When will universities wake up to this epidemic of sexual harassment? (The Guardian)

On my first day as a student union vice-president, amid a flurry of introductory meetings, briefings and bits of paper, I was given the names. There was a tour of the office space, a demonstration of the annual leave booking system, and stuck somewhere in between a list of staff at the university with a reputation for inappropriate behaviour who I should avoid where possible.

One, I was told, had invited two female officers to the pub under the guise of building a good working relationship. It was a bonding exercise that had ended with him following one of them home. It was recommended I didn’t attend his committee or accept the invitation for introductory drinks that would (and did) arrive on my desk within the first month of my term. Now, how to work the photocopier. … Read More

Don’t confuse the Conservatives’ embrace of female leaders with feminism (The Guardian)

You wait 26 years for another female Tory leader and then two candidates come along at once. Between Margaret Thatcher’s resignation in 1990 andDavid Cameron coming to power in 2005, the Conservatives had seen six leadership elections featuring 14 candidates, with not a single woman to be found on the ballot. Yet here we are in 2016, with Theresa May and Andrea Leadsom fighting it out not just for party leadership but for the keys to No 10 too. … Read More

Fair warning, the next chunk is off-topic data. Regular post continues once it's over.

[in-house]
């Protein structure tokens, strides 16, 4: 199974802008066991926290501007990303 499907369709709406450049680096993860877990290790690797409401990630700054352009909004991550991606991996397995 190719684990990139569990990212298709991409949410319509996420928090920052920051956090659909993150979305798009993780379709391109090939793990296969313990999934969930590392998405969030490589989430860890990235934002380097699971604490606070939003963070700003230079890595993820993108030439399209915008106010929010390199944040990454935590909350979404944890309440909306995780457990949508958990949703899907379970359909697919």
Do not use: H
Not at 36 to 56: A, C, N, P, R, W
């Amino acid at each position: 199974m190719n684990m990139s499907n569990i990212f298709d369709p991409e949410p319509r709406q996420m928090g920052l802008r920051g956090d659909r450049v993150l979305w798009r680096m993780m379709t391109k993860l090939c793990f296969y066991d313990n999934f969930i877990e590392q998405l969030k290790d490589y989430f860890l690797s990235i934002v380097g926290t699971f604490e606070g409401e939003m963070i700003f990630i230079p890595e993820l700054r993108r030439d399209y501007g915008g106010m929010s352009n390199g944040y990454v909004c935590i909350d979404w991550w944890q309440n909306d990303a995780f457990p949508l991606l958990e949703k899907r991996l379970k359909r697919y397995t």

Why putting women on banknotes should make us feel uneasy (The Guardian)

What do Abraham Lincoln, Florence Nightingale and the Forth Rail Bridge have in common? The answer is not the punchline to a highbrow joke: they have all been recipients of the apparent honour of appearing on some form of currency.

The issue of who should be worthy of such an accolade is a conversation that has come to the fore again recently with a widespread recognition that women are traditionally under-represented on banknotes. Canada has subsequently welcomed open nominations for women to appear on them; the US has announced the inclusion of escaped slave and abolitionist Harriet Tubman; and the Royal Bank of Scotland has now put playwright and novelist Nan Shepherd on its £5 note, along with scientist Mary Somerville on the £10. … Read More

5 Reasons I Won’t Be Joining the Women’s Equality Party

When Sandi Toksvig and co. announced they were starting the Women’s Equality Party, I didn’t have especially high hopes: the three white, middle-class women at its helm rang some bells about who might be excluded and, besides, I’ve never been convinced that radical feminist action is best achieved inside the fundamentally oppressive framework of party politics. But I – perhaps naively – did think that with the right people involved from the start in shaping policy and direction, perhaps the WEP could be a force for good. Their policy launch this week, though, sadly did very little to exceed my already low expectations. Here are some of the reasons why.  … Read More